Genomic DNA was extracted from target plant genotypes for EST-SSR marker validation using the DNeasy® 96 Plant Kit (QIAGEN), following the manufacturer's instructions. Frozen leaf tissue from each genotype was used for each extraction and ground using a Mixer Mill 300 (Retsch®, Rheinische Straße, Haan, Germany). DNA was resuspended in 50 μl of water and dilutions were performed to obtain a final concentration of 10 ng/μl, followed by storage at -20°C. A collection of randomly selected EST-SSR primer pairs were validated experimentally, forward primers being synthesised with addition of a bacteriophage M13-matching sequence, to enable fluorescent tail addition through the PCR amplification process
. PCR conditions included a hot-start at 95°C for 10 minutes, followed by 10 cycles of 94°C for 30 s, 60-50°C for 30 s and 72°C for 30 s, followed by 25 cycles of 94°C for 30 s, 50°C for 30 s and 72°C for 30 s and a final elongation step of 72°C for 10 min. PCR products were separated using an ABI3730xl (Applied Biosystems, Foster City, California, USA) according to manufacturer's instructions with the addition of the ABI GeneScan LIZ500 size standard and amplification product sizes were determined using the GeneMapper® v3.7 software (Applied Biosystems).
EST sequencing and de novo assembly
Summary of GS FLX sequencing outputs (total number of reads, cumulative sequence output, median read length, number of reads used for assembly)
Total number of reads generated
Cumulative sequence (Mbp)
Median read length (bp)
Number of reads used for assembly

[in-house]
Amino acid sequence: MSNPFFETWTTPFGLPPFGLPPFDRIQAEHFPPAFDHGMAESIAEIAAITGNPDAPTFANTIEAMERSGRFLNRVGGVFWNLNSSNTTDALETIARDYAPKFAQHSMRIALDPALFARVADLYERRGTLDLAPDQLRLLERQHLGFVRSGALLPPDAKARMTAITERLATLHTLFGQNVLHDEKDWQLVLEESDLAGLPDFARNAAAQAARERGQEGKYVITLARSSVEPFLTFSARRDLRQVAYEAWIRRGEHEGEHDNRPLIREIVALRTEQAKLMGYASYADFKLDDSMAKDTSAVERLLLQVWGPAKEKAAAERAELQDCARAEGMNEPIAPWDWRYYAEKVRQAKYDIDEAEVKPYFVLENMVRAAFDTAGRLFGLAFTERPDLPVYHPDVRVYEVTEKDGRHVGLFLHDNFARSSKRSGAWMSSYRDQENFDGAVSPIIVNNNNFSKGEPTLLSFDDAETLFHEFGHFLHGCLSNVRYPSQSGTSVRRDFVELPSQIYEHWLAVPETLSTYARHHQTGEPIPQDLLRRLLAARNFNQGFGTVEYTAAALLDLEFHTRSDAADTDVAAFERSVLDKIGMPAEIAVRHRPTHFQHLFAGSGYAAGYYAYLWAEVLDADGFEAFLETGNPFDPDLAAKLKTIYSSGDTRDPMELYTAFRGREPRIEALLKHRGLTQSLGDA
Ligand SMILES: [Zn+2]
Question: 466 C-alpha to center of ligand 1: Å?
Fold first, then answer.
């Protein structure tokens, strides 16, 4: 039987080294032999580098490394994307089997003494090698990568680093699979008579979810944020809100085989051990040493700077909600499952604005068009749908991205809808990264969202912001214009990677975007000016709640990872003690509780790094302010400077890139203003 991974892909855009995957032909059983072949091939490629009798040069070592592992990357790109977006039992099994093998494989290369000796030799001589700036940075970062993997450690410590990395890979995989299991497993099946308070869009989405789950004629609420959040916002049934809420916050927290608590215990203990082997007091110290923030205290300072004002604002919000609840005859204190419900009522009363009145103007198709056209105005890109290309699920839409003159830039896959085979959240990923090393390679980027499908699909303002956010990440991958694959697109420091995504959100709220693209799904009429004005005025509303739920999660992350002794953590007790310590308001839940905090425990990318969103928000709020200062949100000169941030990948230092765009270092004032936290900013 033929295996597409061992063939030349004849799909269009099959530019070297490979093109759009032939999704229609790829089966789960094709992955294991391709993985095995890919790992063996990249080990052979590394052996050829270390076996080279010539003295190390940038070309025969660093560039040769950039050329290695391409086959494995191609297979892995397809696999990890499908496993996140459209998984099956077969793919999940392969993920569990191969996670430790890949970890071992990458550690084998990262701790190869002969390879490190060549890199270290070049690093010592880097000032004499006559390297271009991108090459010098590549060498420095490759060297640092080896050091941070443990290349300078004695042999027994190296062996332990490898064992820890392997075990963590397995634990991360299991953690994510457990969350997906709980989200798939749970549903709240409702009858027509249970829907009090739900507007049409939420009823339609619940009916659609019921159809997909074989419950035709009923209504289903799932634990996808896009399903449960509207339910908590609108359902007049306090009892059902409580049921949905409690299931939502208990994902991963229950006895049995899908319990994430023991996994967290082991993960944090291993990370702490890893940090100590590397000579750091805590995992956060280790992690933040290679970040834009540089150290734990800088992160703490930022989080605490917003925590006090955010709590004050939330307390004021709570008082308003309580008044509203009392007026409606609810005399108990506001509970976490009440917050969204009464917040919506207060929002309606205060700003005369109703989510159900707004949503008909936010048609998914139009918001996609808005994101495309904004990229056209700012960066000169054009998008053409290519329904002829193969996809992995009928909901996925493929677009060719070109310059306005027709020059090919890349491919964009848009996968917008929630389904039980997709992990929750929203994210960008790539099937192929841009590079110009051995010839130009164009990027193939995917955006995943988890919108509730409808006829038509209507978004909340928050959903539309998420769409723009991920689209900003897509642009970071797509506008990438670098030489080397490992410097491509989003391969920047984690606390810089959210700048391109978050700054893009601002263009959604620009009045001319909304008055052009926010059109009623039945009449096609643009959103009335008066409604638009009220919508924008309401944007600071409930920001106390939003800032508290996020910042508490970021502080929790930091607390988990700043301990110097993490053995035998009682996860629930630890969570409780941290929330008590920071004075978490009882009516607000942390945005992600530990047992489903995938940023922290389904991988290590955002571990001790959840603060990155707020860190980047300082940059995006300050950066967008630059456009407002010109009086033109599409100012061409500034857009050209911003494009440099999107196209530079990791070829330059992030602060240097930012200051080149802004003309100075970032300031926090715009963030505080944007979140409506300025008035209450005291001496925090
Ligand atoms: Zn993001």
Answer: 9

Summary of data on contig assemblies for field pea and faba bean
Number of reads per contig
Number of contigs
Percentage of total contigs per read number class
Since M. truncatula is the model legume species that is most closely related to field pea and faba bean, consensus sequences from all contigs and singletons were preferentially compared to Medicago coding sequences. In case of field pea, a total of 11,737 unique matches were obtained (6,224 contigs and 5,513 singletons) (Additional file 5). The unigene set was also compared against the nr database of GenBank. A total of 9,101 contigs and 13,194 singletons (22,295 unigenes) obtained matches at E < 10-10. Any query sequences that revealed a highest-ranking match against a non-plant species were removed from the list, leaving a total of 22,057 unique hits (Additional file 6 sheet 'final'). Finally, all of the consensus sequences were compared against the A. thaliana database. A total of 6,156 unique matches were obtained, consisting of 3,668 contigs and 2,488 singletons (Additional file 7).